Critics are calling out the Senate’s decision due to supply chain shortages and other economic pressure on Americans.
- The United States Senate voted Monday to advance the bill that would provide $40 billion in aid to Ukraine, according to Breitbart News.
- The Senate has invoked cloture on the motion for H.R. 7691 in an 81-11 vote, which means that the senate can begin debate on the Ukraine aid package.
- Senate Democrats overwhelmingly voted to support the legislation while Republicans such as Sens. Josh Hawley (R-MO) and Rand Paul (R-KY) voted against it.
MORE ON LAWMAKERS’ OPINIONS OF THE LEGISLATION:
- The Senate majority and minority leaders tried to get the bill passed quickly in an uncharacteristic bi-partisan effort on the part of Leaders Chuck Schumer (D-NY) and Mitch McConnell (R-KY).
- Paul was credited with single-handedly holding up the Ukraine aid bill, offering a statement citing the lack of oversight as one reason for his frustration with the bill: “My oath of office is the US constitution not to any foreign nation and no matter how sympathetic the cause, my oath of office is to the national security of the United States of America,” Paul said on the Senate floor last week. “We cannot save Ukraine by dooming the US economy.”
- Paul said he would try to delay the bill until Thursday. He told CNN, “Because I think we should have an inspector general. We have one out there and overseeing Afghan waste. He’s been very good at it. You don’t have to wait for an appointment. He’s got a team up and running. And I think that’s what we should do.”
- Sen. Mike Lee (R-UT) proposed a potential compromise, saying that an amendment could be added to target where the aid should go: “The House proposal would spend nearly ten times the annual defense budget of Ukraine while delegating broad discretion to the President and bureaucrats regarding where and how most of the money is spent. Much of the money will likely go to nations across the world not involved in the conflict. Putin’s aggression is indefensible, and we should look for appropriate ways to support Ukrainians in the noble defense of their homeland. We must also make sure Congress maintains its constitutional role of directing engagement in conflict and ensure that we are not spending unnecessary funds while in a time of historic inflation and ballooning national debt. My amendment will ensure we can help our friends without compromising our constitutional or financial integrity.”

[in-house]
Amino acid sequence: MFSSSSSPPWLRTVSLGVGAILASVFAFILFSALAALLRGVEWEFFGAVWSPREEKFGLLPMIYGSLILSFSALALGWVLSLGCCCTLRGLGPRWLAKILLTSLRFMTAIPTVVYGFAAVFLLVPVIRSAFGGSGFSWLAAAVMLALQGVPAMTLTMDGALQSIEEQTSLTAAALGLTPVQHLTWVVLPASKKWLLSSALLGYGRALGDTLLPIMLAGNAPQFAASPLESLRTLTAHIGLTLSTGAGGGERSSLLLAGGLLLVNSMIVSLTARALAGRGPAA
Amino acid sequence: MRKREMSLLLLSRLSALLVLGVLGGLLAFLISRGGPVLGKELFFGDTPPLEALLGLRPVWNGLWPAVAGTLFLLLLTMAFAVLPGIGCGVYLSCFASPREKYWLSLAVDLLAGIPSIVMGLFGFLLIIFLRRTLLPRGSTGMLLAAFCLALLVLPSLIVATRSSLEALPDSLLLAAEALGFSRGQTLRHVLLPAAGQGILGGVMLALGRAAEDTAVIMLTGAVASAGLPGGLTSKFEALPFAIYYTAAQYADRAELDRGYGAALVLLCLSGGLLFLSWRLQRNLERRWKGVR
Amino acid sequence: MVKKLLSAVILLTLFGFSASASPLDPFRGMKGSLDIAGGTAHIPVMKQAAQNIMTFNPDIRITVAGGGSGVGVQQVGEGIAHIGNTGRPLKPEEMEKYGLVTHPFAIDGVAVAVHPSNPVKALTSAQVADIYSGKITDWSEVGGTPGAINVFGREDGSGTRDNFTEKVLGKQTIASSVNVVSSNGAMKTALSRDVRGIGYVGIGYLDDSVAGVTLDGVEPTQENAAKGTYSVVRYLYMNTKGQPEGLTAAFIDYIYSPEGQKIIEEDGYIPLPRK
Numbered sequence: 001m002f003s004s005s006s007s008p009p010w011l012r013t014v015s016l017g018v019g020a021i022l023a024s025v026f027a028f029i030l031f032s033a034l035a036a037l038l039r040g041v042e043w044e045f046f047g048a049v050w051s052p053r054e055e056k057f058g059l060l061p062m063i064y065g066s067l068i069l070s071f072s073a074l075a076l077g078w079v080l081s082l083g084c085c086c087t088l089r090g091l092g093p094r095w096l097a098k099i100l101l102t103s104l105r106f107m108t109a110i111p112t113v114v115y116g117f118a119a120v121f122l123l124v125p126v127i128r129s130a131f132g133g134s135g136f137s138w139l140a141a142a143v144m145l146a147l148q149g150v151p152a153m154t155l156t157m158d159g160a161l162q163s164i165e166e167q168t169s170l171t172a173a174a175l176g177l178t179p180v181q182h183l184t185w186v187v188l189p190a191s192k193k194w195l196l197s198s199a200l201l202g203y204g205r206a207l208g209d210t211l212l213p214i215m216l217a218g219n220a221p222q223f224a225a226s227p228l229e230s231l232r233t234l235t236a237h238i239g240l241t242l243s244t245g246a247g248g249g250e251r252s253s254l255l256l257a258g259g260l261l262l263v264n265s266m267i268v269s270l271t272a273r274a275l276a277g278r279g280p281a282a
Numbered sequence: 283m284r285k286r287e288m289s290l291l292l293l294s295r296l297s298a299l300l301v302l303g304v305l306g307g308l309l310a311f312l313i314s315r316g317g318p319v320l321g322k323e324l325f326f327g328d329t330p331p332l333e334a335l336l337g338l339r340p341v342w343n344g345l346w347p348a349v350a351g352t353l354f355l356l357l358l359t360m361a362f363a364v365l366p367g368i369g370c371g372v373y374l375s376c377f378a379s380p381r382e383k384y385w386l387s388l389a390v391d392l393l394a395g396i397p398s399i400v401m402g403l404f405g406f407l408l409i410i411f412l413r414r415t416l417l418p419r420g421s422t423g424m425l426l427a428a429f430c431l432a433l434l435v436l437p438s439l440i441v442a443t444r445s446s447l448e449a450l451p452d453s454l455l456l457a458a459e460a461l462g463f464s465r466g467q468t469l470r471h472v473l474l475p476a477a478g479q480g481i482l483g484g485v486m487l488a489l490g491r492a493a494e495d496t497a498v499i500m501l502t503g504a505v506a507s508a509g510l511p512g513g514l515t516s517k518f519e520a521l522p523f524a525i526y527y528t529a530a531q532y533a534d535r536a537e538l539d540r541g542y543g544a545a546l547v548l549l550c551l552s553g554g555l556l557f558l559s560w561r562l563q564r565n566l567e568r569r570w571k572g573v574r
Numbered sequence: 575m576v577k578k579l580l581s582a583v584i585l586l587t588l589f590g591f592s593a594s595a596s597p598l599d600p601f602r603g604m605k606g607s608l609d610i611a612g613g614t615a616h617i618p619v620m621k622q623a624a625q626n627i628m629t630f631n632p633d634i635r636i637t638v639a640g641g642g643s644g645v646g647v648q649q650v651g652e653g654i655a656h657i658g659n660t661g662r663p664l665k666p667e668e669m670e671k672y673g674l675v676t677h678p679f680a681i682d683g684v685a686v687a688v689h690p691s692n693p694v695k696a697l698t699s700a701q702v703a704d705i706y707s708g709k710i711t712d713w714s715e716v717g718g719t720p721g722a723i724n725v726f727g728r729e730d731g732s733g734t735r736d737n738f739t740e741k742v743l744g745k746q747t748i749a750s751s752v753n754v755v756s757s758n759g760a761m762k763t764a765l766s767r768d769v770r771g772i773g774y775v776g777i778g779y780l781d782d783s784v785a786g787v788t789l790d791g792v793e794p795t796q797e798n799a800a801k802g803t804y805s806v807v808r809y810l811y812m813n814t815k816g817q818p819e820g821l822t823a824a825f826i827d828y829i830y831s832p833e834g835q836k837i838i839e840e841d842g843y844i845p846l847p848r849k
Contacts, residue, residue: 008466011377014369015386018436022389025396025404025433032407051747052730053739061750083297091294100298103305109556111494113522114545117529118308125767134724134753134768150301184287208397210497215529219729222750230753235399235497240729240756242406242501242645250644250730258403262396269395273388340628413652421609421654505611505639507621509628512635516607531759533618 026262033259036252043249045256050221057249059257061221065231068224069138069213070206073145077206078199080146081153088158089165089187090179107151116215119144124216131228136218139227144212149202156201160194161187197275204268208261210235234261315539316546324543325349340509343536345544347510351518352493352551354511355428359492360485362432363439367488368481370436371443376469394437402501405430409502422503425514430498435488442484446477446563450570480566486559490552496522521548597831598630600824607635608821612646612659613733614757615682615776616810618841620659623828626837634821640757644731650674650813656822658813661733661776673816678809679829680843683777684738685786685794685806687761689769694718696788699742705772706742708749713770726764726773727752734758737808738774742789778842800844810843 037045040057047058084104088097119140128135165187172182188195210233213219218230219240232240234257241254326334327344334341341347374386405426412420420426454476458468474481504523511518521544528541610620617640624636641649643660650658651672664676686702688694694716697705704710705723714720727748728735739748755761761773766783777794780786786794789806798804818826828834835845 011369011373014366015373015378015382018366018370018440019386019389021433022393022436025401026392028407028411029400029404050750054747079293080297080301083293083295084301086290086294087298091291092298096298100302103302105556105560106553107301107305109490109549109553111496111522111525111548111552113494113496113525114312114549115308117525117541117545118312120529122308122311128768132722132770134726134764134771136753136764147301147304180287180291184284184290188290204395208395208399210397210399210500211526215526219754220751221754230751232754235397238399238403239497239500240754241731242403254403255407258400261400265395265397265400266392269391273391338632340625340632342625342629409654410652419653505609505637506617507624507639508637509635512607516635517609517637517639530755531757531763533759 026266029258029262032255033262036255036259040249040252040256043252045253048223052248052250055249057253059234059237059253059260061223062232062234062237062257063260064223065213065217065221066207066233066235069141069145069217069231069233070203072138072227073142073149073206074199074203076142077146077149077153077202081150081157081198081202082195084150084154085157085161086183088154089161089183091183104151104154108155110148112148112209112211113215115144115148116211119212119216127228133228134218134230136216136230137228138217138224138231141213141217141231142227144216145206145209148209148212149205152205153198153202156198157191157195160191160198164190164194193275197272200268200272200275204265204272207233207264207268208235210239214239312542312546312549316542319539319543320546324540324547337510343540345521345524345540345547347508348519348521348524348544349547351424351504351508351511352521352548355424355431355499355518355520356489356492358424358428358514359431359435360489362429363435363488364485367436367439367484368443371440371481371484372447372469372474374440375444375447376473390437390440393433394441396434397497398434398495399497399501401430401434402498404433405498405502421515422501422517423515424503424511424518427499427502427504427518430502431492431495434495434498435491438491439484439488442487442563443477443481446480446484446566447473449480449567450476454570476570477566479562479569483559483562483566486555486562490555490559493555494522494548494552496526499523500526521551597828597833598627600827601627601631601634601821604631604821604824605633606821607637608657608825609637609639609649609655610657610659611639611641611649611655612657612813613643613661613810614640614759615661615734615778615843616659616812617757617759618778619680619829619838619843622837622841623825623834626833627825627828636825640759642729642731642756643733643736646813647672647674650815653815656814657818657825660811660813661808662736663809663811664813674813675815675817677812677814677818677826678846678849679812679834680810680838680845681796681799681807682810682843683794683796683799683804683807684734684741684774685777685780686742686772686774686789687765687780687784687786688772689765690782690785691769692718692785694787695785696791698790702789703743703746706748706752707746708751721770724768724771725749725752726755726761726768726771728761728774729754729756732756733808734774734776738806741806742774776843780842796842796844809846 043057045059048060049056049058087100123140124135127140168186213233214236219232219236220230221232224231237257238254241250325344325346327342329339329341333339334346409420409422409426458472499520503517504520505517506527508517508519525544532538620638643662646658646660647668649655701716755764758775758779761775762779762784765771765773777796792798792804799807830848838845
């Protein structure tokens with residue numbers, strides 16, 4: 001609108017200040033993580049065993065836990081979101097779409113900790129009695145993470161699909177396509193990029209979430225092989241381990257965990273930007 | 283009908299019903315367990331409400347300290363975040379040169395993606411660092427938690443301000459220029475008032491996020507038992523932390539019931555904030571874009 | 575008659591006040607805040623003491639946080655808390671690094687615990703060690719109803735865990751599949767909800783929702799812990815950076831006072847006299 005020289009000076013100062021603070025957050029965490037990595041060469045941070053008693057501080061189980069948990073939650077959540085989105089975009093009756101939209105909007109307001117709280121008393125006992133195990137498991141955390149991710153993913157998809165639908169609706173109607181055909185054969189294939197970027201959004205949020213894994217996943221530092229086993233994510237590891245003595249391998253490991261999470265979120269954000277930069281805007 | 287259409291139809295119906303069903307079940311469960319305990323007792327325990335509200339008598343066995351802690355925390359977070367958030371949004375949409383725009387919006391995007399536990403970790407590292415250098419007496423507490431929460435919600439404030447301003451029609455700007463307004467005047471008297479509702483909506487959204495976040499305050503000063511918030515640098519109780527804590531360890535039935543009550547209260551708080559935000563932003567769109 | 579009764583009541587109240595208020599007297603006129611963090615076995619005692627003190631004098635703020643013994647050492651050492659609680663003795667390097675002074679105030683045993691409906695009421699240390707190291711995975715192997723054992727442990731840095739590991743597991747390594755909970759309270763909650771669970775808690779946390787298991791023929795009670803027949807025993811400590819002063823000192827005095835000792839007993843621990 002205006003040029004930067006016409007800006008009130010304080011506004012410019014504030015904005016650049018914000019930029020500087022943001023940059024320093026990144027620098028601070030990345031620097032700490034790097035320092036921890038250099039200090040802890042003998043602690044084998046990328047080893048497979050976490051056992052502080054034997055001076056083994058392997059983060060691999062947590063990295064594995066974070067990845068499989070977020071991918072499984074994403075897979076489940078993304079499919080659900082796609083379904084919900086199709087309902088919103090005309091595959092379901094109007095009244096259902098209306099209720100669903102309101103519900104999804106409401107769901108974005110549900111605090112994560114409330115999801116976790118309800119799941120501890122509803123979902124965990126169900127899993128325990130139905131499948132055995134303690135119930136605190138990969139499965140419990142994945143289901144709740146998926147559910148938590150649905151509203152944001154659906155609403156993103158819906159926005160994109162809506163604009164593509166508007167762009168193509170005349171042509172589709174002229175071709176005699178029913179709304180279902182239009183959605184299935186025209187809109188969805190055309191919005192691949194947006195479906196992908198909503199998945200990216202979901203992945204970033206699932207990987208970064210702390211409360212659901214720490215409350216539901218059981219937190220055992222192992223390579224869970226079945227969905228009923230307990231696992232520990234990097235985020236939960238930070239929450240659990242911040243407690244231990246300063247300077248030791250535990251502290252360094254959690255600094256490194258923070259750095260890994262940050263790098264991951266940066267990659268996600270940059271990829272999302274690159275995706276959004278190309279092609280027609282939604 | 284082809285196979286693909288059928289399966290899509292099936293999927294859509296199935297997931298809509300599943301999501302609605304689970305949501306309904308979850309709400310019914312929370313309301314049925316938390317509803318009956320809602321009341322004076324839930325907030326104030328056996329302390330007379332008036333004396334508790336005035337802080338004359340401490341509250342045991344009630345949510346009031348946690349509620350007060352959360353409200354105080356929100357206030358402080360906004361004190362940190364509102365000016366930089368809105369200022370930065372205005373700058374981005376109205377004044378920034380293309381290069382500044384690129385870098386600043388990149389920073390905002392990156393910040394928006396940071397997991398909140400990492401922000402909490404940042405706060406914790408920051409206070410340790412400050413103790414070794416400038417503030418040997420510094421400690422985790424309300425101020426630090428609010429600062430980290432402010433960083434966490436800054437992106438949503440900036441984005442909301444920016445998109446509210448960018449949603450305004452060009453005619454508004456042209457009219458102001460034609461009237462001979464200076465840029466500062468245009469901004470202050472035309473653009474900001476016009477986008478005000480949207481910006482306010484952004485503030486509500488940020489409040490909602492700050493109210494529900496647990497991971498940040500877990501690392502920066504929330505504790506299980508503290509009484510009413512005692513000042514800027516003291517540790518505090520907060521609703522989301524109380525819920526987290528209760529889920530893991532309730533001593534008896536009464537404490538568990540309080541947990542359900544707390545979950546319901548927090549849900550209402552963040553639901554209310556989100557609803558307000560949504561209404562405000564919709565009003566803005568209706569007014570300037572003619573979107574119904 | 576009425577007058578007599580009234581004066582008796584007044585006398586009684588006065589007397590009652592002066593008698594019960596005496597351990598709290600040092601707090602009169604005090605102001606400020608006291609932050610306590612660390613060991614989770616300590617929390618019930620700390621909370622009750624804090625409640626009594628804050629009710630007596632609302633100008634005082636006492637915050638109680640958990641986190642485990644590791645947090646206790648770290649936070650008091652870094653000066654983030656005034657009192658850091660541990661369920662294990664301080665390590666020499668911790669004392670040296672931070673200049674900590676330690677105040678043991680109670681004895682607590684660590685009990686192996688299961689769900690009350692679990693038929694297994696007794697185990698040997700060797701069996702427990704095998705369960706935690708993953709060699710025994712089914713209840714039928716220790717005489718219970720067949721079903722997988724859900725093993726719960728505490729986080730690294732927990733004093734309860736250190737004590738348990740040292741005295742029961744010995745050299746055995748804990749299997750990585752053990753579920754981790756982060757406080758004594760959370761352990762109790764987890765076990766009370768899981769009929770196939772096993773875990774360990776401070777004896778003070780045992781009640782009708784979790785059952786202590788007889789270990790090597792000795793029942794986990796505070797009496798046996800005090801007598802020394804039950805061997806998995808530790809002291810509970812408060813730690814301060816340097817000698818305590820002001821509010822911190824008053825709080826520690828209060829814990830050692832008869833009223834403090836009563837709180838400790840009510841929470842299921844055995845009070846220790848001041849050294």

- Of the $40 billion in aid proposed, the legislation states that more than $20 billion is earmarked for military supplies and another roughly $20 billion for humanitarian, economic, and other aid to Ukraine.
- Sens. Paul, Hawley, Mike Crapo (R-ID), Bill Hagerty (R-TN), Mike Braun (R-IN), Marsha Blackburn (R-TN), John Boozman (R-AR), Roger Marshall (R-KS), Cynthia Lummis (R-WY), and Tommy Tuberville (R-AL) voted against the bill.
- A detailed breakdown of the bill’s funding allocation can be found here.